Innovative African entrepreneurs are challenging Western perceptions of their continent, but there is still a way to go before its potential can be fully realised.
Africa is digitising extremely quickly. By 2020 there will be more than 700m smartphone connections in Africa – more than twice the projected number in North America and not far from the total in Europe, according to GSMA, an association of mobile phone operators. According to Euromonitor’s Africa Rising report, by 2030 Africa will have 16% of the world’s internet users. This is a 260% growth from 2017. This presents great opportunities for innovation and development.
Tech is proving useful in serious ways. One example is farmers in Zimbabwe having access to instant weather forecasts for the first time. This means that they can grow more, and in a region where food insecurity remains a significant issue the importance of this can not be overstated. Another example is in north-eastern Nigeria, the home of notorious terrorist group Boko Haram, where mobile phones are providing a way for remote communities to raise the alarm about potential attacks. There is now usually at least 1 mobile phone per village, and even though texting is difficult due to low literacy rates, the ability to call could be the difference between life and death.
However, many issues remain with tech in Africa. Poor or nonexistent infrastructure is a big one. Whilst Africans are increasingly connected, primarily through smartphones, issues powering and connecting these devices limits their useage potential. For example, only around 1/3 of people in sub-saharan Africa have access to grid electricity. This makes it difficult for one of the poorest regions in the world to reap the huge growth potential that technology offers.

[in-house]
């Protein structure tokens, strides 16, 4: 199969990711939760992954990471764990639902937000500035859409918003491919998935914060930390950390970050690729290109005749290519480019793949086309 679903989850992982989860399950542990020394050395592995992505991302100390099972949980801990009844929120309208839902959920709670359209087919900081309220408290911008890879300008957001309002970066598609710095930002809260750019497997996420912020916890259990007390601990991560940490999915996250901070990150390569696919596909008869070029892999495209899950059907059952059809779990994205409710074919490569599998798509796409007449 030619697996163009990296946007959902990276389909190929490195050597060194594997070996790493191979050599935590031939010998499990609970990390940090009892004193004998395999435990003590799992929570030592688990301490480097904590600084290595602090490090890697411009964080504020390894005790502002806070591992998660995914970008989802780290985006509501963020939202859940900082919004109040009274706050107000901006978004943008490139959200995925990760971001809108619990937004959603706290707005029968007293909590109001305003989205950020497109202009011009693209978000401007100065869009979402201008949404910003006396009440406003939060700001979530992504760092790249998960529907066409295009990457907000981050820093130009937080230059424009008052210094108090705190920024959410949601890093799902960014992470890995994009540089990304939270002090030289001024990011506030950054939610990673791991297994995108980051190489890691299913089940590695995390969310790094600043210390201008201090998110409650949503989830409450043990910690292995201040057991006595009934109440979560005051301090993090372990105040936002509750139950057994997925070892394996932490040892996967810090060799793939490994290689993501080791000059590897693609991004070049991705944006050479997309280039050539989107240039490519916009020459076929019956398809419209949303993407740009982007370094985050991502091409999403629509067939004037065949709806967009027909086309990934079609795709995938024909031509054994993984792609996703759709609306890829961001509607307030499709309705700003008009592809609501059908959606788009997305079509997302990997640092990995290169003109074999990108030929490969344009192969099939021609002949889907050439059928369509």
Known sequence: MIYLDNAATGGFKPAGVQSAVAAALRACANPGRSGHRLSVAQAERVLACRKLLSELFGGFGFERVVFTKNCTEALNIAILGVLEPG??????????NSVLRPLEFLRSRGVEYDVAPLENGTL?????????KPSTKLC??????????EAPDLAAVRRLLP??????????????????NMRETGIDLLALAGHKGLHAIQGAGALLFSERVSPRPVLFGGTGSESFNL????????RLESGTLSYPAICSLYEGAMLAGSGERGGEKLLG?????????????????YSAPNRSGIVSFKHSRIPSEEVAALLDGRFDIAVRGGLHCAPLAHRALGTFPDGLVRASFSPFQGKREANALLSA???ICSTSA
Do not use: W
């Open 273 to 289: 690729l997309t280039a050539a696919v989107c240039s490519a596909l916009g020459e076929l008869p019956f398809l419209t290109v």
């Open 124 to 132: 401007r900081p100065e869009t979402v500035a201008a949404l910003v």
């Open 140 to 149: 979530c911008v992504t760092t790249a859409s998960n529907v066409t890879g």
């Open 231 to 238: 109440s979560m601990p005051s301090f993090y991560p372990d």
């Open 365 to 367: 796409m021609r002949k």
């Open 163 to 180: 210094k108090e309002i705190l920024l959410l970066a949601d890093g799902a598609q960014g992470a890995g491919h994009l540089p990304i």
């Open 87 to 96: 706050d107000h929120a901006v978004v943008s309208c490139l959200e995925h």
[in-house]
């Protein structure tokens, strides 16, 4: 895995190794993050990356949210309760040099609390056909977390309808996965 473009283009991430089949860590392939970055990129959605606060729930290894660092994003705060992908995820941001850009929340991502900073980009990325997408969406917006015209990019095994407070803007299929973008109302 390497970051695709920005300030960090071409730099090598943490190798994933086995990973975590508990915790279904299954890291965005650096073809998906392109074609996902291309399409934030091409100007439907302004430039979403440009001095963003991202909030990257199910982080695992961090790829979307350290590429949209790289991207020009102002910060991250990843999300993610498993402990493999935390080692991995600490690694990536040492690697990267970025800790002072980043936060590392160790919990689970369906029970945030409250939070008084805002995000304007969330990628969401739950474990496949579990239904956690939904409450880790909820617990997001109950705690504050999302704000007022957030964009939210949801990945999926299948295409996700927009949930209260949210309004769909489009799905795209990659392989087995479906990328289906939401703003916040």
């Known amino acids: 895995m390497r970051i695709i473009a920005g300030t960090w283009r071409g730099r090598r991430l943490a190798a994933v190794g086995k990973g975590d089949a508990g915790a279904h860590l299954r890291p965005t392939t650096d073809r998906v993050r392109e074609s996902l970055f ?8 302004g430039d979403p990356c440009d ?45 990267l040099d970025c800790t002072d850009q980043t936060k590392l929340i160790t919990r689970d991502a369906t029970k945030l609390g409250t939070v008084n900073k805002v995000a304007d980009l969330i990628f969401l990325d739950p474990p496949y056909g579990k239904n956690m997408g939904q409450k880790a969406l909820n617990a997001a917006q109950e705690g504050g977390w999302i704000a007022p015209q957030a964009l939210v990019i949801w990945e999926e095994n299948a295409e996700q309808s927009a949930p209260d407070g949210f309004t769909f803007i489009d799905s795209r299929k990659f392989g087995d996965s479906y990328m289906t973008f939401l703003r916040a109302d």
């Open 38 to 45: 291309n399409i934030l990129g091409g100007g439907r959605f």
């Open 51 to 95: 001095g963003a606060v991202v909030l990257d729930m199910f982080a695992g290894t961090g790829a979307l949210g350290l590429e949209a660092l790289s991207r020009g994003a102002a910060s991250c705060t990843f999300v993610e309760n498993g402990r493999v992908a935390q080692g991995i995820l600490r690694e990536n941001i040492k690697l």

Another infrastructure issue is connectivity. Internet penetration in Africa jumped from very low levels in 2009 to 16% of individuals in 2013 and over 20% in 2015. But the proportion of people online is still far behind the global average. Only 17.4% of individuals have access to mobile broadband, while fixed broadband connections remain very low. Countries will have to keep up with rising demand for bandwidth in order to drive innovation and enable the shift to digital across all sectors.
Interestingly, Mark Zuckerberg and his tech peers have committed to 100% internet connectivity for everyone and have begun realising this by exploring how they can “beam” internet to poorly networked regions across Africa. Whilst we probably shouldn’t be relying on the benevolence of tech billionaires with a history of questionable practices to provide such basic services, it shows a recognition of the vast potential of the continent by important players.